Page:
I started running in the Summer of 2012, so not yet two years ago. It would be accurate to say that I have fallen in love with it. It's had such a transformative effect on my life.
I want to focus here on what led me to get rid of my traditional running shoes and follow a path which for me has felt like a deep-seated connection to our past.
All was going well with my running, so well in fact that after completing my first half-marathon last March, I immediately signed up for a marathon.
Things were coming along nicely.
Two months before the marathon I started a new job, more than doubling my commuting time to a three-hour daily round trip.
I struggled to keep up with my training and found myself, out of sheer panic that all my hard work would have been for nothing, cramming my running into the weekends.
Unfortunately I picked up severe shin splints. I tried ignoring the issue, but like all issues, they are there to be heeded.
I went to see a physio, and it soon became apparent that I wouldn't be running a marathon any time soon. Gutted as I was, I turned my attention to sorting out my injury.
Believing in my mind's eye that I ran with perfect grace and poise, it was a shock when I was played back footage of my running on the treadmill. There was nothing gracious about it.
Landing with such force on my heels, effectively putting the stoppers on with each strike, it was no wonder my legs were protesting.
When the physio suggested I take off my trainers and socks and run again, I was intrigued.
Off I went, and ouch, it hurt, I was landing on those heels again and could feel the full effect now that I was without my trainers.
Yet, within a matter of seconds, something miraculous seemed to happen...the thudding stopped, I found myself almost floating, lightly landing on the ball of my foot, knees nicely bent.
It felt amazing, kind of wrong, as I was so used to wearing traditional running shoes, but this somehow felt more animalistic, somehow very right even though it felt a bit wrong!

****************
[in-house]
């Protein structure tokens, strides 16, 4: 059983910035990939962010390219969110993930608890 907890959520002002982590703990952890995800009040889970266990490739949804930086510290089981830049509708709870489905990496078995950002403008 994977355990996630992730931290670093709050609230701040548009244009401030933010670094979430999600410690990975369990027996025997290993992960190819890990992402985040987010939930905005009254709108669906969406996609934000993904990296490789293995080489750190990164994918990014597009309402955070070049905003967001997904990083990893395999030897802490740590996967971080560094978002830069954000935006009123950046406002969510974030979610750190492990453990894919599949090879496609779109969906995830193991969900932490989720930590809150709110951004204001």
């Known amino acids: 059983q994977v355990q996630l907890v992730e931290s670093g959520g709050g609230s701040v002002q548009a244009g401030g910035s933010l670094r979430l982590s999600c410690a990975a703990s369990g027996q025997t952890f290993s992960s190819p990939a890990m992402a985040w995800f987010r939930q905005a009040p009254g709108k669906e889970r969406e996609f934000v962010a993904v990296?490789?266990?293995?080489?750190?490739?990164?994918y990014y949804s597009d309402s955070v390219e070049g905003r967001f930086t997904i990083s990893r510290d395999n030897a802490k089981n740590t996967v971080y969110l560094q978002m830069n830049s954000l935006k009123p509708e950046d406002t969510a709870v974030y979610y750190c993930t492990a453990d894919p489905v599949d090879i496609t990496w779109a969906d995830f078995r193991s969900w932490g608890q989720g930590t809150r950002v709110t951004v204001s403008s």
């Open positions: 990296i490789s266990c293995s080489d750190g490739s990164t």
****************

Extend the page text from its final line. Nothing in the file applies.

From that very moment I knew that I was going to run barefoot.
There have been lots of debates and discussions about the pros and cons of barefoot (and minimalist) running, and it being more about technique than what is on (or not on) your feet.
From my experience I will say that this way of running 100% works for me.
The first time I tried out total barefoot running down my local street was scary.
I hid behind a parked car and bent down to take off my shoes and socks, it felt like I was stripping off naked and about to break the law.
With my feet totally bare, off I ran down the road, and as hard as the tarmac was, the feeling was immense, it felt like I was floating, my legs were moving very fast, though my feet were only touching the ground very briefly and very lightly. My upper body and head were smooth, still, enjoying the ride.
I built up very gradually and now run (and live day-to-day life) either totally barefoot or in a rather fetching pair of red Sockwas.
Ditching the running shoes has been such a spiritual experience for me. It has seen me move away from pavement running in my trainers to heading for the hills and trails.
That feeling of totally engaging your mind and body, having them work as a team, quickly assessing where to put your next footstep, leaping, jumping, bounding across the fells, your toes splaying and gripping to each different surface.
Running like the wild, free beings that we are. I feel like I've rediscovered my childhood wide-eyed wonderment.
I describe the experience as like shedding not only the trainers, but peeling away the layers of the modern world, unearthing a deep-rooted connection that we have with nature.
It's making that re-connection, going back to a home that we perhaps never knew we had.
Mark is a Running & Lifestyle Blogger from London: www.markwentforarun.blogspot.co.uk
My tips for going barefoot:
1) First off, head outside, find a nice patch of ground and run for a few seconds without your shoes on. See how it feels. You will probably feel silly at first, but just enjoy it.
2) It isn't a case of either / or, you can still run in your trainers for the majority of the time, just incorporate a few minutes of barefoot here and there (warm sunny days are ideal!)
3) I would have found it less scary if I'd had a friend who would have run barefoot with me. When you're out on your Saturday jog with a pal, get out your feet and have a giggle as you run.
4) If you decide to fully transition to barefoot, it would be worth speaking to a running specialist who can give you some strengthening exercises to do alongside your running. These really helped me.
5) You don't have to be totally barefoot, there are a whole host of minimalist options out there. Try some on and find what works for you.
6) Have fun! Go out and feel like a kid all over again.